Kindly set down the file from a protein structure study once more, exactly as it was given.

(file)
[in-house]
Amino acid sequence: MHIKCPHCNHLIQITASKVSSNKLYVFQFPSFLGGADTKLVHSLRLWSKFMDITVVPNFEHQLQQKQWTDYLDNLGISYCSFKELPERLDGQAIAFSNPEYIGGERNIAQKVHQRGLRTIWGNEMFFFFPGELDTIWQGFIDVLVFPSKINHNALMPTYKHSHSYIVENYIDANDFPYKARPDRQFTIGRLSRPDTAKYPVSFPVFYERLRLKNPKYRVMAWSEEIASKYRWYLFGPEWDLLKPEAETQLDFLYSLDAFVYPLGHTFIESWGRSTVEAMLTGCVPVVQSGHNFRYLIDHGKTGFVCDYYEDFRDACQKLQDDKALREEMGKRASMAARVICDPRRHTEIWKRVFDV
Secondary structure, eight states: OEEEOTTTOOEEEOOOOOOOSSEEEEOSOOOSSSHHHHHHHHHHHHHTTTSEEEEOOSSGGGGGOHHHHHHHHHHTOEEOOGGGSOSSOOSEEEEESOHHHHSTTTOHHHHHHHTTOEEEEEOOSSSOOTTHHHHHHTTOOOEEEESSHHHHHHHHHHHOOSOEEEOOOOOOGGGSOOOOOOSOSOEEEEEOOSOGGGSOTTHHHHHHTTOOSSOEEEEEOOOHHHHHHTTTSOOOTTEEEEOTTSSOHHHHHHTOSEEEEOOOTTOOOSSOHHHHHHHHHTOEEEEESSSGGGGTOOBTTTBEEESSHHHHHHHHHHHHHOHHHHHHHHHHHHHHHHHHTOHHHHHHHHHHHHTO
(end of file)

[in-house]
Amino acid sequence: MHIKCPHCNHLIQITASKVSSNKLYVFQFPSFLGGADTKLVHSLRLWSKFMDITVVPNFEHQLQQKQWTDYLDNLGISYCSFKELPERLDGQAIAFSNPEYIGGERNIAQKVHQRGLRTIWGNEMFFFFPGELDTIWQGFIDVLVFPSKINHNALMPTYKHSHSYIVENYIDANDFPYKARPDRQFTIGRLSRPDTAKYPVSFPVFYERLRLKNPKYRVMAWSEEIASKYRWYLFGPEWDLLKPEAETQLDFLYSLDAFVYPLGHTFIESWGRSTVEAMLTGCVPVVQSGHNFRYLIDHGKTGFVCDYYEDFRDACQKLQDDKALREEMGKRASMAARVICDPRRHTEIWKRVFDV
Secondary structure, eight states: OEEEOTTTOOEEEOOOOOOOSSEEEEOSOOOSSSHHHHHHHHHHHHHTTTSEEEEOOSSGGGGGOHHHHHHHHHHTOEEOOGGGSOSSOOSEEEEESOHHHHSTTTOHHHHHHHTTOEEEEEOOSSSOOTTHHHHHHTTOOOEEEESSHHHHHHHHHHHOOSOEEEOOOOOOGGGSOOOOOOSOSOEEEEEOOSOGGGSOTTHHHHHHTTOOSSOEEEEEOOOHHHHHHTTTSOOOTTEEEEOTTSSOHHHHHHTOSEEEEOOOTTOOOSSOHHHHHHHHHTOEEEEESSSGGGGTOOBTTTBEEESSHHHHHHHHHHHHHOHHHHHHHHHHHHHHHHHHTOHHHHHHHHHHHHTO